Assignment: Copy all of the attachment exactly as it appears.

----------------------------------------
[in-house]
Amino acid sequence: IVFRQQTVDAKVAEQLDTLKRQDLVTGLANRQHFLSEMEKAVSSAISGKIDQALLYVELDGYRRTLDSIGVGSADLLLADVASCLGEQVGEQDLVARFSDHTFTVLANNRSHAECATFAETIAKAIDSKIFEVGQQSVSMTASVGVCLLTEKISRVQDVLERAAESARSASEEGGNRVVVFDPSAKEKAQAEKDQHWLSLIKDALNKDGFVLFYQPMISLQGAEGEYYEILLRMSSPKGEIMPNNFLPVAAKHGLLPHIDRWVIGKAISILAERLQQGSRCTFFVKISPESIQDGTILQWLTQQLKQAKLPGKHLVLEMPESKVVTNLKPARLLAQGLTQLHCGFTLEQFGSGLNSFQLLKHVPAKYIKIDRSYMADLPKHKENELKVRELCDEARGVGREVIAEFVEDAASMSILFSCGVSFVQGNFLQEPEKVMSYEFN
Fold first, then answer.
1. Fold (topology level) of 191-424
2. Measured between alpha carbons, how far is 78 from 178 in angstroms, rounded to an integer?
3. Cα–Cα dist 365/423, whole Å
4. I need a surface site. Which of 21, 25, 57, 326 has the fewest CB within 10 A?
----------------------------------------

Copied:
[in-house]
Amino acid sequence: IVFRQQTVDAKVAEQLDTLKRQDLVTGLANRQHFLSEMEKAVSSAISGKIDQALLYVELDGYRRTLDSIGVGSADLLLADVASCLGEQVGEQDLVARFSDHTFTVLANNRSHAECATFAETIAKAIDSKIFEVGQQSVSMTASVGVCLLTEKISRVQDVLERAAESARSASEEGGNRVVVFDPSAKEKAQAEKDQHWLSLIKDALNKDGFVLFYQPMISLQGAEGEYYEILLRMSSPKGEIMPNNFLPVAAKHGLLPHIDRWVIGKAISILAERLQQGSRCTFFVKISPESIQDGTILQWLTQQLKQAKLPGKHLVLEMPESKVVTNLKPARLLAQGLTQLHCGFTLEQFGSGLNSFQLLKHVPAKYIKIDRSYMADLPKHKENELKVRELCDEARGVGREVIAEFVEDAASMSILFSCGVSFVQGNFLQEPEKVMSYEFN
Fold first, then answer.
1. Fold (topology level) of 191-424
2. Measured between alpha carbons, how far is 78 from 178 in angstroms, rounded to an integer?
3. Cα–Cα dist 365/423, whole Å
4. I need a surface site. Which of 21, 25, 57, 326 has the fewest CB within 10 A?